The control of the onset of human puberty remains an enigma. According to current understanding, the GnRH pulse generator, a functionally interconnected and synchronized network of GnRH neurons, is inhibited throughout childhood following a period of pubertal level activity during fetal life. Release of this inhibition at the early second decade of life signifies the reawakening of the pulse generator.
Recently, we have identified loss-of-function mutations TAC3 or TACR3 (encoding neurokinin B and its receptor, NK3R, respectively) in 11 patients from five multiplex families affected by normosmic idiopathic hypogonadotropic hypogonadism. These findings provide compelling evidence for the involvement of Neurokinin B (NKB) signaling in puberty. Recent studies suggest that a network of sex-steroid responsive neurons in the infindubular (arcuate) nucleus in the hypothalamus coexpress NKB, kisspeptin, Dynorphin and ERalfa and probably communicating via NKB-NKR3 signaling these neurons project to ipsi- and contralaterally to the infindubular (arcuate) nucleus as well as to GnRH terminals in the median eminence to put out a synchronized intermittent secretion of GnRH.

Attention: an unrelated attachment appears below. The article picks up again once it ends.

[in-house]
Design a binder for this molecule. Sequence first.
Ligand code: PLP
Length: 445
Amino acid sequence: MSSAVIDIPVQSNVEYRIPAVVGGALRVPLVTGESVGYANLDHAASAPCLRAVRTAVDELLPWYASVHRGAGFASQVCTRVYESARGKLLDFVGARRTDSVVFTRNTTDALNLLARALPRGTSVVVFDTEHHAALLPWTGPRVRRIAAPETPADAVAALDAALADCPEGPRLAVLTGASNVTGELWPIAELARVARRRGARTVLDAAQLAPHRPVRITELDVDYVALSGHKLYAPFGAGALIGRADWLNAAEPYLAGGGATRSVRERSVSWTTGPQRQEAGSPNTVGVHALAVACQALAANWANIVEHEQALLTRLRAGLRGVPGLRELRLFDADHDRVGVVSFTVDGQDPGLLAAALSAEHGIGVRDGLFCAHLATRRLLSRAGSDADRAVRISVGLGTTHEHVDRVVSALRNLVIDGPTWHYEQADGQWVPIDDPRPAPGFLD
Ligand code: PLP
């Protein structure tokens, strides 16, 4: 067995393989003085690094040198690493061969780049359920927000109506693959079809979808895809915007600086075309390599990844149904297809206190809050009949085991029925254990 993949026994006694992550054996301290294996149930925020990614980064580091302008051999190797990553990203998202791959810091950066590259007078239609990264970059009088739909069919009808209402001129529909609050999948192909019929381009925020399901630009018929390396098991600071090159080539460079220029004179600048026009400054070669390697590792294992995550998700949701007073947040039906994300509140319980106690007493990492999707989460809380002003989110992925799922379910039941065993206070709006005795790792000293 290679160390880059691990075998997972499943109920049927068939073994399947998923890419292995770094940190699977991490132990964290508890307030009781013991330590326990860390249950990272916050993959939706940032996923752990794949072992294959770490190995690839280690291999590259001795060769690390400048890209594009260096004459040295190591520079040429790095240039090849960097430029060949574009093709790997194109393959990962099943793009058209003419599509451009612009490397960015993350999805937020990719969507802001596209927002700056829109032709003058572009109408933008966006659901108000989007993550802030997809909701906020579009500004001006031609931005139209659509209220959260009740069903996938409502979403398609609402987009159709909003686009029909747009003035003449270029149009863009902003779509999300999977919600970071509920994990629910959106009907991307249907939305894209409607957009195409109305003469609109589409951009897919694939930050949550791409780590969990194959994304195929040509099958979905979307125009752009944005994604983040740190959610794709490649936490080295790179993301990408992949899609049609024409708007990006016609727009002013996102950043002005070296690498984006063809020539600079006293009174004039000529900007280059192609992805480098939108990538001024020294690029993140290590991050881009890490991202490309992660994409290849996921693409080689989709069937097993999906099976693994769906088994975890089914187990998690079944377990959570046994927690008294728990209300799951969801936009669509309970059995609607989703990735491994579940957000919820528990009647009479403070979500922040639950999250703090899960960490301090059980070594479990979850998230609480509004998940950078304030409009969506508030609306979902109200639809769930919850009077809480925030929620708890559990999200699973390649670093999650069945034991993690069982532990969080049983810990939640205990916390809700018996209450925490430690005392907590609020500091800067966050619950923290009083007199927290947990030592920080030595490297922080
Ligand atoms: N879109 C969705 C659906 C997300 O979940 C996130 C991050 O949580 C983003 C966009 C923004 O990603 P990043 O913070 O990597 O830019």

The facts that the discovery of both kisspeptin and NKB signaling in puberty was thanks to multiplex human families and that in the great majority of such families, the genetic causes are still waiting to be unraveled imply that there are more single genes to be discovered, which will help understand the elusive developmental process of puberty.
24 - 28 Apr 2010
European Society of Endocrinology